First human tests of new biosensor that warns when athletes are about to ‘hit the wall’

A new biosensor, applied to the human skin like a temporary tattoo, can alert marathoners, competitive bikers and other “extreme” athletes that they’re about to “bonk,” or “hit the wall,” scientists are reporting.

The study, in ACS’ journal Analytical Chemistry, describes the first human tests of the sensor, which also could help soldiers and others who engage in intense exercise — and their trainers — monitor stamina and fitness.

Joseph Wang and colleagues explain that the sensor monitors lactate, a form of lactic acid released in sweat. Lactate forms when the muscles need more energy than the body can supply from the “aerobic” respiration that suffices during mild exercise. The body shifts to “anaerobic” metabolism, producing lactic acid and lactate. That helps for a while, but lactate builds up in the body, causing extreme fatigue and the infamous “bonking out,” where an athlete just cannot continue. Current methods of measuring lactate are cumbersome, require blood samples or do not give instant results. Wang’s team sought to develop a better approach.

They describe the first human tests of a lactate sensor applied to the skin like a temporary tattoo that stays on and flexes with body movements. Tests on 10 human volunteers showed that the sensor accurately measured lactate levels in sweat during exercise. “Such skin-worn metabolite biosensors could lead to useful insights into physical performance and overall physiological status, hence offering considerable promise for diverse sport, military, and biomedical applications,” say the scientists. Future research will further correlate sweat lactate levels with fitness, performance and blood lactate levels, Wang added.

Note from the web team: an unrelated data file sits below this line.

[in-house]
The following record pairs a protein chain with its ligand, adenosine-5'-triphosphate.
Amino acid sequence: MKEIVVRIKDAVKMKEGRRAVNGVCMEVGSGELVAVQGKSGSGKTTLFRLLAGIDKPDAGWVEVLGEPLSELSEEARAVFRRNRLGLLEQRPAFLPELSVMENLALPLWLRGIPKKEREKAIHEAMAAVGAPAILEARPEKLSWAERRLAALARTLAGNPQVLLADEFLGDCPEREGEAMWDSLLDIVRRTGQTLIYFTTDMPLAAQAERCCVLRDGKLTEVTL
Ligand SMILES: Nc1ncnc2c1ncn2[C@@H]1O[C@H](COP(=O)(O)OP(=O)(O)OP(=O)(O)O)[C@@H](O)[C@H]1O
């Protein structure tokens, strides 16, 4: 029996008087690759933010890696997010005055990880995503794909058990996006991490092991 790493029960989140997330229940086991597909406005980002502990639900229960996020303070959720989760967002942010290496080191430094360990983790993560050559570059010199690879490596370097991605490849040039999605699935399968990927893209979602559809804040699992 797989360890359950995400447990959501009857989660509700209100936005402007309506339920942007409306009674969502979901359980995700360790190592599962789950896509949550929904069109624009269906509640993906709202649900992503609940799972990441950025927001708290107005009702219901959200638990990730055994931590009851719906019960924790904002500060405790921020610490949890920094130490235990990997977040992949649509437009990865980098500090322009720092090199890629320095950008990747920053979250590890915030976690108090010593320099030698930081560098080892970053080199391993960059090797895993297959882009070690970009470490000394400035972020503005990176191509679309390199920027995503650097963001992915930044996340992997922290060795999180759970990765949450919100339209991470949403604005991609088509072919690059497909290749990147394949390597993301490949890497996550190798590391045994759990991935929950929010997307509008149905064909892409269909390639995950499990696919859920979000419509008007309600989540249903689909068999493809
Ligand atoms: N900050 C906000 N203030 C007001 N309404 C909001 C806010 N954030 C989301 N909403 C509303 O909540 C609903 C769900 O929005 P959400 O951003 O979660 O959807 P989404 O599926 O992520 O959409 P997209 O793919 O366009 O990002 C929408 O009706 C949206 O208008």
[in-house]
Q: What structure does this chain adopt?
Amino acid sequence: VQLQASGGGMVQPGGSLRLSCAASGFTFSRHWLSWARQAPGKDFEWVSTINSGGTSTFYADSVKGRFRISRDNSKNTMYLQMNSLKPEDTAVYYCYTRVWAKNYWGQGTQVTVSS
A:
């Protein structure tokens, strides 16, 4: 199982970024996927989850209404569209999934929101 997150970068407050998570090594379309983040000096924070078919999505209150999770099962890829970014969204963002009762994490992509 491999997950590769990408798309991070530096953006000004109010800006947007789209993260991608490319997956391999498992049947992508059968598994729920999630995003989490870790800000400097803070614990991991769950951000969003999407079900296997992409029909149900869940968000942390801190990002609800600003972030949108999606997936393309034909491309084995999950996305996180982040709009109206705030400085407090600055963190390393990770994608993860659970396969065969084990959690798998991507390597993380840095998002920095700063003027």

The authors acknowledge funding from the National Science Foundation, the National Institutes of Health IMSD program, the UCSD von Liebig Entrepreneurism Center under the U.S. Department of Energy-sponsored Southern California Clean Energy Technology Acceleration Program and the National Natural Science Foundation of China.

1 COMMENT

  1. The author makes a common mistake of confusing “bonking” or “hitting the wall” with “blowing up.” Bonking and its effects — the inability to continue — are not caused by an overabundance of lactate but instead the lack of sugar, the fuel that powers our activity. Bonking really can bring an athlete to a standstill and takes much longer to recover from.

    In contrast, exceeding one’s lactate threshold, or blowing up, has a very different effect, forcing the athlete to slow down, not stop, until the body can process the excess lactate. Recovery from blowing up is quicker too.

    That’s not to say it wouldn’t be highly beneficial to closely monitor lactate. Doing so would allow an athlete to perform at the highest possible level of performance without having to slow down and recover. This is most commonly done with heart rate monitors, but a more precise and direct way of measuring lactate would be even better.

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